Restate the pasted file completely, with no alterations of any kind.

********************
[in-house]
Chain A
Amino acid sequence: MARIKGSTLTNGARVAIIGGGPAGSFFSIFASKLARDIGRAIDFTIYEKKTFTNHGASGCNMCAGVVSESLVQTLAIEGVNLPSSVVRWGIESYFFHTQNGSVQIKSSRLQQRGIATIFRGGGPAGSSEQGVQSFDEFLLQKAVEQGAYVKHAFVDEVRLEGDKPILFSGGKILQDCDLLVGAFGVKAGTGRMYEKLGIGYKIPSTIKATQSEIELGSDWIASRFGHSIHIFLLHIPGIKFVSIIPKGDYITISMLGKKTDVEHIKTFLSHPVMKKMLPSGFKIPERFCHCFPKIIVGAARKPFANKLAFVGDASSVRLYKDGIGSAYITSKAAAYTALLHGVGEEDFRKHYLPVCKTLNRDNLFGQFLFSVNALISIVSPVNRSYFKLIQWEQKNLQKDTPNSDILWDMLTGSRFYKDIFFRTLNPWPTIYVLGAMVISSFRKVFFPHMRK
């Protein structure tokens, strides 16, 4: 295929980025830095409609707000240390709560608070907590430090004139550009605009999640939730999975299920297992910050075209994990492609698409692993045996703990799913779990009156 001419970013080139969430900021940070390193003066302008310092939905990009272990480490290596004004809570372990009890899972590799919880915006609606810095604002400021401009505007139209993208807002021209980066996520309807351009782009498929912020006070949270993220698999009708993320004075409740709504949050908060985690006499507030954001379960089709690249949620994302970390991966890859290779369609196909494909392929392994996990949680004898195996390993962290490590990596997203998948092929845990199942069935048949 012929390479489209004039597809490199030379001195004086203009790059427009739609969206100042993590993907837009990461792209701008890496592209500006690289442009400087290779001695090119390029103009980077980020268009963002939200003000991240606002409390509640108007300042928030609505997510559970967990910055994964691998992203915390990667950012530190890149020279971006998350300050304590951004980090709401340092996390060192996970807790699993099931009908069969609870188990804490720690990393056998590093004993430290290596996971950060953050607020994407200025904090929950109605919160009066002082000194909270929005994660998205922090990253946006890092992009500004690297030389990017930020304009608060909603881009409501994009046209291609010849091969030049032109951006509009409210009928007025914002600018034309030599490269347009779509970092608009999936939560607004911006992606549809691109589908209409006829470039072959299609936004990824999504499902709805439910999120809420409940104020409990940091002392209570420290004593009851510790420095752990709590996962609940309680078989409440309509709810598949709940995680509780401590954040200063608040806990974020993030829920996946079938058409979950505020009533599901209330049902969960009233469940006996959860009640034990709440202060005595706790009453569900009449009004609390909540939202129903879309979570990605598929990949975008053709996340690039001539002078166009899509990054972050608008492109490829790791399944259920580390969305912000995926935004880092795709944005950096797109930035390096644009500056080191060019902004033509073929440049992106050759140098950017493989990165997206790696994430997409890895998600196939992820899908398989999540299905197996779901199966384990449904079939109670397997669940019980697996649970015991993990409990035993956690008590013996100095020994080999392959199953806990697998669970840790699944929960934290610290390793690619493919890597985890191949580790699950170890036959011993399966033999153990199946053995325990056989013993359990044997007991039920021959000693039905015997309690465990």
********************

[in-house]
Chain A
Amino acid sequence: MARIKGSTLTNGARVAIIGGGPAGSFFSIFASKLARDIGRAIDFTIYEKKTFTNHGASGCNMCAGVVSESLVQTLAIEGVNLPSSVVRWGIESYFFHTQNGSVQIKSSRLQQRGIATIFRGGGPAGSSEQGVQSFDEFLLQKAVEQGAYVKHAFVDEVRLEGDKPILFSGGKILQDCDLLVGAFGVKAGTGRMYEKLGIGYKIPSTIKATQSEIELGSDWIASRFGHSIHIFLLHIPGIKFVSIIPKGDYITISMLGKKTDVEHIKTFLSHPVMKKMLPSGFKIPERFCHCFPKIIVGAARKPFANKLAFVGDASSVRLYKDGIGSAYITSKAAAYTALLHGVGEEDFRKHYLPVCKTLNRDNLFGQFLFSVNALISIVSPVNRSYFKLIQWEQKNLQKDTPNSDILWDMLTGSRFYKDIFFRTLNPWPTIYVLGAMVISSFRKVFFPHMRK
């Protein structure tokens, strides 16, 4: 295929980025830095409609707000240390709560608070907590430090004139550009605009999640939730999975299920297992910050075209994990492609698409692993045996703990799913779990009156 001419970013080139969430900021940070390193003066302008310092939905990009272990480490290596004004809570372990009890899972590799919880915006609606810095604002400021401009505007139209993208807002021209980066996520309807351009782009498929912020006070949270993220698999009708993320004075409740709504949050908060985690006499507030954001379960089709690249949620994302970390991966890859290779369609196909494909392929392994996990949680004898195996390993962290490590990596997203998948092929845990199942069935048949 012929390479489209004039597809490199030379001195004086203009790059427009739609969206100042993590993907837009990461792209701008890496592209500006690289442009400087290779001695090119390029103009980077980020268009963002939200003000991240606002409390509640108007300042928030609505997510559970967990910055994964691998992203915390990667950012530190890149020279971006998350300050304590951004980090709401340092996390060192996970807790699993099931009908069969609870188990804490720690990393056998590093004993430290290596996971950060953050607020994407200025904090929950109605919160009066002082000194909270929005994660998205922090990253946006890092992009500004690297030389990017930020304009608060909603881009409501994009046209291609010849091969030049032109951006509009409210009928007025914002600018034309030599490269347009779509970092608009999936939560607004911006992606549809691109589908209409006829470039072959299609936004990824999504499902709805439910999120809420409940104020409990940091002392209570420290004593009851510790420095752990709590996962609940309680078989409440309509709810598949709940995680509780401590954040200063608040806990974020993030829920996946079938058409979950505020009533599901209330049902969960009233469940006996959860009640034990709440202060005595706790009453569900009449009004609390909540939202129903879309979570990605598929990949975008053709996340690039001539002078166009899509990054972050608008492109490829790791399944259920580390969305912000995926935004880092795709944005950096797109930035390096644009500056080191060019902004033509073929440049992106050759140098950017493989990165997206790696994430997409890895998600196939992820899908398989999540299905197996779901199966384990449904079939109670397997669940019980697996649970015991993990409990035993956690008590013996100095020994080999392959199953806990697998669970840790699944929960934290610290390793690619493919890597985890191949580790699950170890036959011993399966033999153990199946053995325990056989013993359990044997007991039920021959000693039905015997309690465990």